Renato Curto, Tri Marine’s CEO and former majority shareholder, will establish a new business unit comprised of a number of Tri Marine entities excluded from the sale to Bolton including six US-flag tuna purse seiners (the ‘Cape Fleet’) and three small coastal pelagic purse seiners and associated wetfish processing plants in San Pedro, USA (Tri Marine Fish Company) and Ensenada, Mexico (Baja Marine Foods). Curto will also retain Samoa Tuna Processors in American Samoa, which is currently leased by Starkist for ten years, The Tuna Store, Tri Marine’s US-marketing arm and Conservas de las Americans, a warehouse facility in Peru.[30] 

Bolton will retain the name ‘Tri Marine’ and has appointed Juan Corrales, CEO of Garavilla and former ISSF Chairman as Tri Marine’s CEO; Renato Curto will continue in the role of CEO for a transition period.[31] As was the case when Bolton first acquired shareholdings in Garavilla and Calvo, it is anticipated that Tri Marine will continue under a ‘business as usual’ approach, with no major changes to personnel or the business model in the short-term.[32] 

Bolton is currently also the front runner to acquire Bumble Bee’s Canadian shelf-stable seafood business, including leading tuna brand, Clover Leaf and sardines brands, Brunswick and Beachcliff. [33] Bolton already supplies small volumes of Rio Mare into the Canadian market; purchasing Clover Leaf will cement Bolton’s presence in North America. If successful, this acquisition has obvious synergies with Tri Marine’s trading business which would be able to supply albacore and skipjack tuna to Clover Leaf and may also justify Bolton maintaining Tri Marine’s corporate headquarters in the USA.

On 30 July 2019, a public announcement was made that the planned sale of Tri Marine Fish Company’s coastal pelagic processing facility in San Pedro, California to Silver Bay Seafoods has been cancelled. Hence, Renato Curto will retain ownership of Tri Marine Fish Company, which handles up to 300mt/day of squid, sardines, mackerel and tuna. The reasons for the cancellation of the sale have not been publicly disclosed, however a media report indicates this decision was not linked to Bolton’s acquisition of Tri Marine. The sale was first announced in October 2018 and if concluded, would have been a “strategic growth move” for Silver Bay Seafoods, with wetfish unloading and processing facilities located in both North and Southern California.[34]


Thai Union’s growth gambles on innovative seafood lines and by-products

Thai Union (TU) is the world’s leading shelf-stable tuna company. But it has encountered difficult times due to its role in the US price fixing scandal, leaving it with fines of over US$100 million, as well as broader, well-documented labour abuses in Thailand’s seafood industry.[35] While a diversified business, TU remains largely dependent on tuna and shrimp for raw material needs, while principal markets for canned tuna are stagnant or in decline. As such ‘innovation’ in TU’s existing core competencies is the leading edge of its growth strategy. 

TU aims to boost revenue and profitability by developing new value-added, tuna-based products at its new Global Innovation Center in Bangkok with over 150 researchers, and in processing high-quality by-products at the Marine Ingredients unit in Thailand and the recent Marine Nutrients factory in Germany. TU hopes that innovation will contribute 10% of total revenue by 2020.[36]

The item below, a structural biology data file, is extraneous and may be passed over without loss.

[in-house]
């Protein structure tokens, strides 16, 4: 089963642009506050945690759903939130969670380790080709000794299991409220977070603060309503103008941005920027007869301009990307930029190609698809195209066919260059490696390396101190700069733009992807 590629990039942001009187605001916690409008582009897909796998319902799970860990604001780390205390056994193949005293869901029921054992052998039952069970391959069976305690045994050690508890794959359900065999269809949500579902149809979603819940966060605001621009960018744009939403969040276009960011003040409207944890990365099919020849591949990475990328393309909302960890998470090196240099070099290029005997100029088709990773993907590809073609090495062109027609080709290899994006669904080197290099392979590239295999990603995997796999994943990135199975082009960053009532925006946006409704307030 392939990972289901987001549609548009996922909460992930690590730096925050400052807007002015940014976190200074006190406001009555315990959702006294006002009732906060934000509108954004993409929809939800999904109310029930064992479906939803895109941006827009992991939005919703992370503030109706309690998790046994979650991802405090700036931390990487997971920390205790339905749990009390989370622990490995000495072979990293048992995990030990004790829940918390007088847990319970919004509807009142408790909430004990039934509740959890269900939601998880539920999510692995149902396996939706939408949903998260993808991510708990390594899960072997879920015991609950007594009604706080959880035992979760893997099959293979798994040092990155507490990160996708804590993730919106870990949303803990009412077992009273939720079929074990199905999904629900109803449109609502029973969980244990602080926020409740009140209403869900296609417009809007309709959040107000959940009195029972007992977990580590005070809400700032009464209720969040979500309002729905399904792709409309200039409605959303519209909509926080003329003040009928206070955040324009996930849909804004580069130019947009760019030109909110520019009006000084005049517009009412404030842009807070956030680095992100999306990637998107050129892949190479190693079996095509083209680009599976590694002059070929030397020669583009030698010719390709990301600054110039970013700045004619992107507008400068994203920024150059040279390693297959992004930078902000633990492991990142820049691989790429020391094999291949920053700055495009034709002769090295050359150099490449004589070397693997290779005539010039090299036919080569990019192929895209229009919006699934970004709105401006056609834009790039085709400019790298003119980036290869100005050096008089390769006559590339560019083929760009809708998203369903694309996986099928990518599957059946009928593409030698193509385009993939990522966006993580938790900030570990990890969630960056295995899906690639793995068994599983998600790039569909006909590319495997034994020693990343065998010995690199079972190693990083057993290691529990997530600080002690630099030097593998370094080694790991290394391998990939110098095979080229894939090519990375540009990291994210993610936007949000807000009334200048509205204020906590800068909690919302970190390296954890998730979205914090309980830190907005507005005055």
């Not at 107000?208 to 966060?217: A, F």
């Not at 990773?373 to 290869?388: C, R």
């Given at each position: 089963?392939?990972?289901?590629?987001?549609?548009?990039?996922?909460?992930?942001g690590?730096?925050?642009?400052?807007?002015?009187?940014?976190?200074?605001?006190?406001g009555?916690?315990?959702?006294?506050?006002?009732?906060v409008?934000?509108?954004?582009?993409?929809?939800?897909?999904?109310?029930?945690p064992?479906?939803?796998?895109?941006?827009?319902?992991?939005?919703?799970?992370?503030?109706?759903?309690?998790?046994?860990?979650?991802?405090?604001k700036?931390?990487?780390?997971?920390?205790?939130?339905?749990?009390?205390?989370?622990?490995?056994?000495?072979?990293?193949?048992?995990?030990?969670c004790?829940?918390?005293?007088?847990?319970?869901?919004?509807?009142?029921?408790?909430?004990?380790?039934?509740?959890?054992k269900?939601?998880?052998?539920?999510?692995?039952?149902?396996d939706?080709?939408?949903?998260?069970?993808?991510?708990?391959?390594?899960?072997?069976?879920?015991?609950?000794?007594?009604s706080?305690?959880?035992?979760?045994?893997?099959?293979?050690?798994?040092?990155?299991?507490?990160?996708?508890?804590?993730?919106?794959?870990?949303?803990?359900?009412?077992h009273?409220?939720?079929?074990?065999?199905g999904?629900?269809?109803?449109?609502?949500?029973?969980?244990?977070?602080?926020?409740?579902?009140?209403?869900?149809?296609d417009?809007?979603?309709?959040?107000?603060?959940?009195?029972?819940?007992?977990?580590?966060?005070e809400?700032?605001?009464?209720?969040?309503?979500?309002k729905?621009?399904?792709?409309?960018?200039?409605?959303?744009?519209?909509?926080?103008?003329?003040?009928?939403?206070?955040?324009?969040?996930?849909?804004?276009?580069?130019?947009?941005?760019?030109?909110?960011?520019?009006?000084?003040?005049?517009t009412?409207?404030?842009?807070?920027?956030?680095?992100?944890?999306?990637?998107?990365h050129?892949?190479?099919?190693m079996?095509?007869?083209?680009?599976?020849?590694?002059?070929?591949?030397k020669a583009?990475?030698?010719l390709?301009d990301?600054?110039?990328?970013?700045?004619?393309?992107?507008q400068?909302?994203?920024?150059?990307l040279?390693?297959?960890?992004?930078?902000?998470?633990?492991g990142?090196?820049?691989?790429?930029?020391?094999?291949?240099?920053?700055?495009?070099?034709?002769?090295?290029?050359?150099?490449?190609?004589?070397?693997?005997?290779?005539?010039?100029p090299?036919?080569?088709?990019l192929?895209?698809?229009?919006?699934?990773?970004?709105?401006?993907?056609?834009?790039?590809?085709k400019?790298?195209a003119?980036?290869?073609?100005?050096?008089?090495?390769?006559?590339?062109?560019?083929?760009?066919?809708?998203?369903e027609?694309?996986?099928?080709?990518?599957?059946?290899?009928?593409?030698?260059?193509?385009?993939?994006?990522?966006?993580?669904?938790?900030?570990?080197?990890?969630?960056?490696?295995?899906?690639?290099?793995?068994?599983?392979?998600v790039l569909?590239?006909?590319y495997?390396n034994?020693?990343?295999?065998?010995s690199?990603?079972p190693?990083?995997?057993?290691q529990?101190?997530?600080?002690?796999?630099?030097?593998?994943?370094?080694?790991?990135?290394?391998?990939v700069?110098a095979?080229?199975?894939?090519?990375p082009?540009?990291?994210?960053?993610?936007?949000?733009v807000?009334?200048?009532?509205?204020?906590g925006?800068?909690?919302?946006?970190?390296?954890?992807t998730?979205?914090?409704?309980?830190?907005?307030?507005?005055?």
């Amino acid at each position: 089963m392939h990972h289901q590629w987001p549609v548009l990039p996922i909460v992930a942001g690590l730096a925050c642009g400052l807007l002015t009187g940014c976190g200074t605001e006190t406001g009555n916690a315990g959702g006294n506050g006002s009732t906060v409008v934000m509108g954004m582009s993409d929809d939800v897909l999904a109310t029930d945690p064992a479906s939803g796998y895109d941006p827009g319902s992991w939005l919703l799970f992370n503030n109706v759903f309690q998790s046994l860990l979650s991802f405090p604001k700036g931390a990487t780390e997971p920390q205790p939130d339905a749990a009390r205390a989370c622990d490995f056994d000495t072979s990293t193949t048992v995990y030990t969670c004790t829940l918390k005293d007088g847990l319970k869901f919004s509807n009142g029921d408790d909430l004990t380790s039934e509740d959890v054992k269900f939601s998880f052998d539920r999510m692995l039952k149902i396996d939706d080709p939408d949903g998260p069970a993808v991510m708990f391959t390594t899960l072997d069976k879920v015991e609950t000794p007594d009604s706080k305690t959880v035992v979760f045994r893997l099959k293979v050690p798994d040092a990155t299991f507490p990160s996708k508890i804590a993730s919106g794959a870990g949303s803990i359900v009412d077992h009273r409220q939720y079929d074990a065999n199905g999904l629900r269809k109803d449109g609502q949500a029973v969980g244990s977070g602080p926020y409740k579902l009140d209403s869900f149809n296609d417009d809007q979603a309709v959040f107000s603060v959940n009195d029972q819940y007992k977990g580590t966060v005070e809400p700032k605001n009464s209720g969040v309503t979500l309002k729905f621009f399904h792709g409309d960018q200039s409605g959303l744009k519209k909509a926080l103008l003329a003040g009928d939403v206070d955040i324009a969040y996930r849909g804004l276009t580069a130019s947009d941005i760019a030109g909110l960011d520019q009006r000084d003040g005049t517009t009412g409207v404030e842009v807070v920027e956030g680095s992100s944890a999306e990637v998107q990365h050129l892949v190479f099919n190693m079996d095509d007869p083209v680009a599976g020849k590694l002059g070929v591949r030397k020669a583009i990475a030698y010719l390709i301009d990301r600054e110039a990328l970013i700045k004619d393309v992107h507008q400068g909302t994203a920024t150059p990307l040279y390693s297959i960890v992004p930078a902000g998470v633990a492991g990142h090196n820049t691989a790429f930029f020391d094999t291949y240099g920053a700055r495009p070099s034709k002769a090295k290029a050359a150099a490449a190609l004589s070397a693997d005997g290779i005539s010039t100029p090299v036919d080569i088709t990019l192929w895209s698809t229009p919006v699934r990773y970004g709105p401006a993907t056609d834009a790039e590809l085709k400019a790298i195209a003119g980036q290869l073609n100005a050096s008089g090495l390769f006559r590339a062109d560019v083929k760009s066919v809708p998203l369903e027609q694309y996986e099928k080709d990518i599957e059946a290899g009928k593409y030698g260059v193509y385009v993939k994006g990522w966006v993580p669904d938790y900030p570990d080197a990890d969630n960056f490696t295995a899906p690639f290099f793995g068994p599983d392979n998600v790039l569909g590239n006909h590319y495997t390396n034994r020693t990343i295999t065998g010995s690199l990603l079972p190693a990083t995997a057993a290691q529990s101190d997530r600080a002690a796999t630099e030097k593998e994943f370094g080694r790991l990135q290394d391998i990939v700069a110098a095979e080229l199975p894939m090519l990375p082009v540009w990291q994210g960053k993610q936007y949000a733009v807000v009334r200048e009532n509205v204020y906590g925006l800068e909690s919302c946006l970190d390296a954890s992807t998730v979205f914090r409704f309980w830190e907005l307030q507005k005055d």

TU has gone on the offensive in the US market by launching two new shelf-stable premium product lines under the Chicken of the Sea brand. ‘Wild Catch’ tuna and salmon was launched in August 2019 and is pitched as ‘responsibly wild-caught seafood’. This complements the national roll-out earlier in the year of Chicken of the Sea’s ‘Infusions’ line, which are snack pots of tuna in olive oil, mixed with herbs and/ or spices that come with a plastic fork to eat ‘on-the-go’.[37]  

In the UK, under its John West brand, TU relaunched in May its line of spreadable ‘Cracker Toppers’ and expanded the ‘Steam Pots’ line of flavoured tuna with couscous or rice. It is worth noting that, in 2018, TU created an entirely new product of ready-to-eat yellowfin slices, which won an award at the Boston Seafood expo, and, while still mainly being sold via food service channels in 2019, is being promoted in EU and US retail markets.[38]  

In all markets, these product lines are designed to tap into growing consumer demand for high protein, low-fat, snack-based convenience food, and all lines command a far higher margin than standard canned tuna.

In terms of by-products, TU hopes to break into entirely new markets, including inputs into pharmaceutical products and baby food. TU is producing calcium supplements from tuna bones which are set to be produced on a commercial basis soon. It is also the only company in the world currently making high-grade tuna oil, on which TU holds a patent.[39] The high-quality by-products side of the business suffered a set-back in June when the Germany-based factory producing tuna oil caught fire. It is expected to be rebuilt by mid-2020.[40]

It remains to be seen as to whether TU can pull off this innovation-driven strategy in an industry and product segment that is largely based on a mass-produced commodity. If it does, the volumes of tuna that it procures may well reduce and its profits will rise.


Social standards proliferate in the global tuna industry 

Following on the heels of FFA Members’ new harmonised minimum terms and conditions (MTCs) for crew on tuna fishing boats, as reported in the last issue of Trade and Industry News,[41] labour standards remain a hot topic in the seafood industry media, policy circles and private procurement strategies.